Career of Evil – Robert Galbraith: A Review

Date finished: August 23rd 2016

There’s nothing better than an author you can rely on. When you’re desire to read anything challenging or new is waning and you want something to fall back on, there’s a stock list of go-to authors who can always satisfy, and Robert Galbraith, with this third addition to the Cormoran Strike series, has safely secured his place on mine. I say “his”, it’s J K Rowling writing these really and I never know whether to refer to her or her pseudonym. I’ll stick with Rowling, for now.

Hot on the heels of the Luna Landry and Owen Quine cases, Strike and Robin find themselves embroiled in a third case that hits much closer to home. When a severed leg is sent to Robin with a note quoting Blue Oyster Cult lyrics, Strike is forced to look deep into his past and consider who might want to hurt him and could know such personal meaning to him. He secures a list of three suspects which he and Robin begin to investigate whilst trying to keep the business afloat. But as the body count racks up, Strike and Robin’s relationship is tested to the limit by the danger looming over them…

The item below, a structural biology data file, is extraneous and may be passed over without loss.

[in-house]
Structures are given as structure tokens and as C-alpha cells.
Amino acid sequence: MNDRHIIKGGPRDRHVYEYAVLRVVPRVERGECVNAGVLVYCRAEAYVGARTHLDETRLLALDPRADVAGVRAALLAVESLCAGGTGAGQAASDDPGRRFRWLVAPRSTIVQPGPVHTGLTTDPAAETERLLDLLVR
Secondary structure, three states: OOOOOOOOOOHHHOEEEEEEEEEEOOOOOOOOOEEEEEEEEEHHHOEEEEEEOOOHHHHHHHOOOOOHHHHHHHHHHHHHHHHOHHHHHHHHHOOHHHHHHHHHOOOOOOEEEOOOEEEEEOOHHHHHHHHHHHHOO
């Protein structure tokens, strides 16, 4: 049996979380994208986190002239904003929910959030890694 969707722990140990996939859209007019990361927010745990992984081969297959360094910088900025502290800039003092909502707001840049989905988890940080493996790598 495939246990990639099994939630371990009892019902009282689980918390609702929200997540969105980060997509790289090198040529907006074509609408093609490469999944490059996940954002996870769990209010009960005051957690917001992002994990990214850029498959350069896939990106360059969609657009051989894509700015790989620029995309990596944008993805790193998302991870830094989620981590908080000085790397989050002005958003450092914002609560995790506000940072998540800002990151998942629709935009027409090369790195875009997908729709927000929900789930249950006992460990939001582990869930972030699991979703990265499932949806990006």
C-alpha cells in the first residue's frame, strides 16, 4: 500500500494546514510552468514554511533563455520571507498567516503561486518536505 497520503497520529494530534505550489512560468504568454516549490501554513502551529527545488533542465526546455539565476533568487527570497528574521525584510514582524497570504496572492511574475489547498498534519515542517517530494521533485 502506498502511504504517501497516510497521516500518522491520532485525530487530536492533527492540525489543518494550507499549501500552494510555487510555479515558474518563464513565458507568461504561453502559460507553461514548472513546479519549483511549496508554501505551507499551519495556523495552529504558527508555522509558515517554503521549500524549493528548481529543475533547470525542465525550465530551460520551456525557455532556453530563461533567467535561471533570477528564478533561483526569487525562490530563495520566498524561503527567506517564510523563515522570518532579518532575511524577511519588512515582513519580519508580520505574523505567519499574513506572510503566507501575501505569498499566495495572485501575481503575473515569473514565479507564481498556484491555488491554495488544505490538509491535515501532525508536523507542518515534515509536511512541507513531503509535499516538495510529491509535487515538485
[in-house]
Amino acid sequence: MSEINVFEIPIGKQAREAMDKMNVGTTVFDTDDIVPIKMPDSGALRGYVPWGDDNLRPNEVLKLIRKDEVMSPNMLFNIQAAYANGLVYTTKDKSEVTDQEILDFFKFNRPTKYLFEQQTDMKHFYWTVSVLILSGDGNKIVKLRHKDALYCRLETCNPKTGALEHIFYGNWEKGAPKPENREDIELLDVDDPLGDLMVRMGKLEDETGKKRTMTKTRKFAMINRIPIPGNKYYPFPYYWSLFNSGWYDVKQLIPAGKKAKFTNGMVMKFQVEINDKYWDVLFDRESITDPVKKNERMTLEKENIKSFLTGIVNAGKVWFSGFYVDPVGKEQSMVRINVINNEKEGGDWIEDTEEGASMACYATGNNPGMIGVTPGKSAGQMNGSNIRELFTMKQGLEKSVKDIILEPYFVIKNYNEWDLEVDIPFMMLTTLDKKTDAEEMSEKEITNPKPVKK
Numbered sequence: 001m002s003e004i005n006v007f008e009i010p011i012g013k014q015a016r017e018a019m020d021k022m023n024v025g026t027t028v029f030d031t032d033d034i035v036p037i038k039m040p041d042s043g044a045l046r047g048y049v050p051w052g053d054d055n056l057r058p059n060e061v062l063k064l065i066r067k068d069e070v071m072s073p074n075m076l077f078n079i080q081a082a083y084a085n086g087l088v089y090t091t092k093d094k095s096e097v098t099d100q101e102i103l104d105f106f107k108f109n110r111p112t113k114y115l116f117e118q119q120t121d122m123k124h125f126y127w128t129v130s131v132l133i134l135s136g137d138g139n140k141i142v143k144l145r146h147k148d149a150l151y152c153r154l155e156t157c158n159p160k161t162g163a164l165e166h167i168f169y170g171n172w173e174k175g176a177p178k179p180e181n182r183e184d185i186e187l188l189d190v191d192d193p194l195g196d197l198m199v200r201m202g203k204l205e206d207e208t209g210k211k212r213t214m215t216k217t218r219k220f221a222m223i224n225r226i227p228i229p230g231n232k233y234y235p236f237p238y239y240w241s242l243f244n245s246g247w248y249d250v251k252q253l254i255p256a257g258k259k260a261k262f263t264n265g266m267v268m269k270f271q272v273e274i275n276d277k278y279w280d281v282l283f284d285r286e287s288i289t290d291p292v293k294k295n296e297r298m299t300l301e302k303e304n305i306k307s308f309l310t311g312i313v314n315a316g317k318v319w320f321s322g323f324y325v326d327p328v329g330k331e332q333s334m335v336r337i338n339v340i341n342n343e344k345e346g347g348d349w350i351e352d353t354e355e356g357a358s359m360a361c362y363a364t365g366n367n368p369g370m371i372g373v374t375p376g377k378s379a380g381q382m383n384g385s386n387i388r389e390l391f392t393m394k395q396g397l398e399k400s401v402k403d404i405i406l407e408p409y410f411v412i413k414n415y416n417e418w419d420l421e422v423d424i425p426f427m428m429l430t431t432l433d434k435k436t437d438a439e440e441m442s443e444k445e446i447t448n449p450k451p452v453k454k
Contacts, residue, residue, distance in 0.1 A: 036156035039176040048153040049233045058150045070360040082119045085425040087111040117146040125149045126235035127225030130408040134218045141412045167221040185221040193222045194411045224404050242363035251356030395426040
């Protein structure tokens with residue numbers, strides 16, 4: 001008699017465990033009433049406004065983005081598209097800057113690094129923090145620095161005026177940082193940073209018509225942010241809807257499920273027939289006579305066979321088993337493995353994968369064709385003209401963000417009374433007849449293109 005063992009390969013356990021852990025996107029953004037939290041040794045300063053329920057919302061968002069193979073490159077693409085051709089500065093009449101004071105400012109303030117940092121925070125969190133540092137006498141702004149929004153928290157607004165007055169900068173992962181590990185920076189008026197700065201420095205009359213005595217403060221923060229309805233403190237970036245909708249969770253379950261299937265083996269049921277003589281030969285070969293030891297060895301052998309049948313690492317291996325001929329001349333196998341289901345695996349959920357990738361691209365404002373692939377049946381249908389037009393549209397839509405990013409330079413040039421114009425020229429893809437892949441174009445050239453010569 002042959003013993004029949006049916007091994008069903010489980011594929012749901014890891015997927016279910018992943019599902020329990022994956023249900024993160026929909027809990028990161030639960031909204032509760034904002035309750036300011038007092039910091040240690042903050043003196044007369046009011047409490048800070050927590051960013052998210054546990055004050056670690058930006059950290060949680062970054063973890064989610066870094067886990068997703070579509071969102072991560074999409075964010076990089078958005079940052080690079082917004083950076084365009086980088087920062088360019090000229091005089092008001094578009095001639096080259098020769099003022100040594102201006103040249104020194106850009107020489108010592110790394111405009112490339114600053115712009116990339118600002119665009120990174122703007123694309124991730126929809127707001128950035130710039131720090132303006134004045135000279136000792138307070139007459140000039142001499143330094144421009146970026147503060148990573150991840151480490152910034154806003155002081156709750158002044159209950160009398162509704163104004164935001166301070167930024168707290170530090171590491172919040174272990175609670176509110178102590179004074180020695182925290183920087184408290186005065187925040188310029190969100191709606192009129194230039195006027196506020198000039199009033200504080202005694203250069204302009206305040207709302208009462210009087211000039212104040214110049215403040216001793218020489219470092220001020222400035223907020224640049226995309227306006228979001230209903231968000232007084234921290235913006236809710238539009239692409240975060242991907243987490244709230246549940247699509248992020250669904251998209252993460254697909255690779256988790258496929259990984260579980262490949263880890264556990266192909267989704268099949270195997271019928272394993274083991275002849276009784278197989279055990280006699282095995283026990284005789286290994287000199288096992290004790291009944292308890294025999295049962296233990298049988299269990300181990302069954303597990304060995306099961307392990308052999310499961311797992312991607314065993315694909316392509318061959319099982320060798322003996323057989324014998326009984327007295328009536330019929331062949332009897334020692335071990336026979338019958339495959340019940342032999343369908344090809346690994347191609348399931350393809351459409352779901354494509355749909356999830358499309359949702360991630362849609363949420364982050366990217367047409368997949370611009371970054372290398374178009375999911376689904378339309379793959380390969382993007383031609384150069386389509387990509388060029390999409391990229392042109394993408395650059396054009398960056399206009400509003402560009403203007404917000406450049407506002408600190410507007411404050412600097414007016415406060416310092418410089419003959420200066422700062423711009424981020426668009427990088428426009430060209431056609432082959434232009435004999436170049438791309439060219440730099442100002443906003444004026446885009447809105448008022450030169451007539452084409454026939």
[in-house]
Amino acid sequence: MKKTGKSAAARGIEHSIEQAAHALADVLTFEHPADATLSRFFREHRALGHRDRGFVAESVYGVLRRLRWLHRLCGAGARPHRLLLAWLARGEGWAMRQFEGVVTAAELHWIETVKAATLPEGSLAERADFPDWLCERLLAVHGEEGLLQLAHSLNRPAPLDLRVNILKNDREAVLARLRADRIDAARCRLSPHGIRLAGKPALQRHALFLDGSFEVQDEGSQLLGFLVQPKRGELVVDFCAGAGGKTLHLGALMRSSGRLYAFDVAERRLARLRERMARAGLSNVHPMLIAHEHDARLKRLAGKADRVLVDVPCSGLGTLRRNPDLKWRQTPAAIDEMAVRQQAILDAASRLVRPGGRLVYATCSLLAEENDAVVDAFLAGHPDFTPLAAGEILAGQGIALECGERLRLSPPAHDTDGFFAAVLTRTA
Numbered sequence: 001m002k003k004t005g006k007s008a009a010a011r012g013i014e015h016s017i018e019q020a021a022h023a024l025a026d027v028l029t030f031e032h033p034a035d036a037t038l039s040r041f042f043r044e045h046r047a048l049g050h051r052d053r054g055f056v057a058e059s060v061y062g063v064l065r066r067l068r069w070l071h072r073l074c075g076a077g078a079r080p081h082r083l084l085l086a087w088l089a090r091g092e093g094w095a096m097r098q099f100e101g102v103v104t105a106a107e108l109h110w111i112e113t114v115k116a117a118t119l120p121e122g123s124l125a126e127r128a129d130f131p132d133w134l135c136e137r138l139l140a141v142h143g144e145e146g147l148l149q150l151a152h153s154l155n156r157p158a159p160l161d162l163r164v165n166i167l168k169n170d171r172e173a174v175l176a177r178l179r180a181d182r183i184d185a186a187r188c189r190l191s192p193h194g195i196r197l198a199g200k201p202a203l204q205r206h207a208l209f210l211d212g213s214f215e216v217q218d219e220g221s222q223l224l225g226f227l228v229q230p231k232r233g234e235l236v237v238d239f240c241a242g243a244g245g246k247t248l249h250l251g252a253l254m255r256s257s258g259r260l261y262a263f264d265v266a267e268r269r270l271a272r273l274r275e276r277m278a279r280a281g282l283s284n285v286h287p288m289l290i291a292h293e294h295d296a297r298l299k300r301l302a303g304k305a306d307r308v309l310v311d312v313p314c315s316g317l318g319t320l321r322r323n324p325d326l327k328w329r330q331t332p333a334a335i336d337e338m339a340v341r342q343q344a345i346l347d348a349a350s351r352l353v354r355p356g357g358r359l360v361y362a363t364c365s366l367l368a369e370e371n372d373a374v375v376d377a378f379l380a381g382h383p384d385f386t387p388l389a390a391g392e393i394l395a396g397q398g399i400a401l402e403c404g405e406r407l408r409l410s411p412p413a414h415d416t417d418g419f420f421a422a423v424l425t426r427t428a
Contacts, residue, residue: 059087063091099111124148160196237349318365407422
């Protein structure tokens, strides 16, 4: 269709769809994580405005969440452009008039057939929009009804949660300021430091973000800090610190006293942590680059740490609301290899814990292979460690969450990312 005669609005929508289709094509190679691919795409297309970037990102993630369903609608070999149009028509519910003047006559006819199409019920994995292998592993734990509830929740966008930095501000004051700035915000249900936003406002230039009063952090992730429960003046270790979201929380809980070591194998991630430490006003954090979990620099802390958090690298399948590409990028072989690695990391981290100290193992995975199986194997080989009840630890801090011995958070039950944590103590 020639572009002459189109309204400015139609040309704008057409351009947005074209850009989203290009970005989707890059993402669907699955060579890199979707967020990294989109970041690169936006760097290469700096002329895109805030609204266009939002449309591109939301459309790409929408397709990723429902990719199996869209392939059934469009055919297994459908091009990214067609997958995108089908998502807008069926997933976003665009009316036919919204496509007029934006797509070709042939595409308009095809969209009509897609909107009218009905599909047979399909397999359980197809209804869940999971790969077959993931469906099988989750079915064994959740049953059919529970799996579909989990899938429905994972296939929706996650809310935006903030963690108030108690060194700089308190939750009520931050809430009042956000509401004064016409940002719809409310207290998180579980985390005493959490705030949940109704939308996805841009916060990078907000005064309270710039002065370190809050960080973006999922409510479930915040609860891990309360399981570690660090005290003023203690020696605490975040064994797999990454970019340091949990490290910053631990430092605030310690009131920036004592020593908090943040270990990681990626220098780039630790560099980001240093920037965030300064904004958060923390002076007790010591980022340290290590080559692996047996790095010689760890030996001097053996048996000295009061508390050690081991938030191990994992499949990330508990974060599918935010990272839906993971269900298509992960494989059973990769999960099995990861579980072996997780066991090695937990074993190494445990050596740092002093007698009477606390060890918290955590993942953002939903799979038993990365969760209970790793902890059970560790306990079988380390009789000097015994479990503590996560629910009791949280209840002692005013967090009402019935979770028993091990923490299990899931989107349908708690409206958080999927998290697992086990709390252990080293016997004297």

I hate to compare Rowling’s crime work to Harry Potter, but I have to. Prisoner of Azkaban – the third in the series – was always my favourite. It seemed like Rowling had established the characters and their relationships to one another and now had the confidence to plunge forth and do something that delved further, that tested her characters to their limits, and that turned the established formula upon its head. Career of Evil seems to do something similar, bringing the action closer to home, dredging up her characters’ pasts to inform their presents and stretching their personal and professional lives to breaking point in order to create the most gripping interplay possible.

But it’s not all character history and relationships. The serial killer that Rowling has created in Career of Evil is a grotesque character, leading to some of the most gruesome and repugnant scenes yet related in this series. Not only this, but there’s constant tension and sparking theories at hand as the evidence seems to point to one suspect, then another, then another. It’s non-stop tension, whether it’s case-related or character-led. We’re now emotionally invested in Strike and Robin, as well as their investigations, so the personal drama is just as gripping as the murders.

The Cormoran Strike series continues, with its third act, to be one of the cleverest, most unputdownable series out there, and if you haven’t jumped on the bandwagon by now, then you sorely need to. This is one of the most reliably entertaining and sleep-ruining series out there, written by an author whose best is still yet to come.



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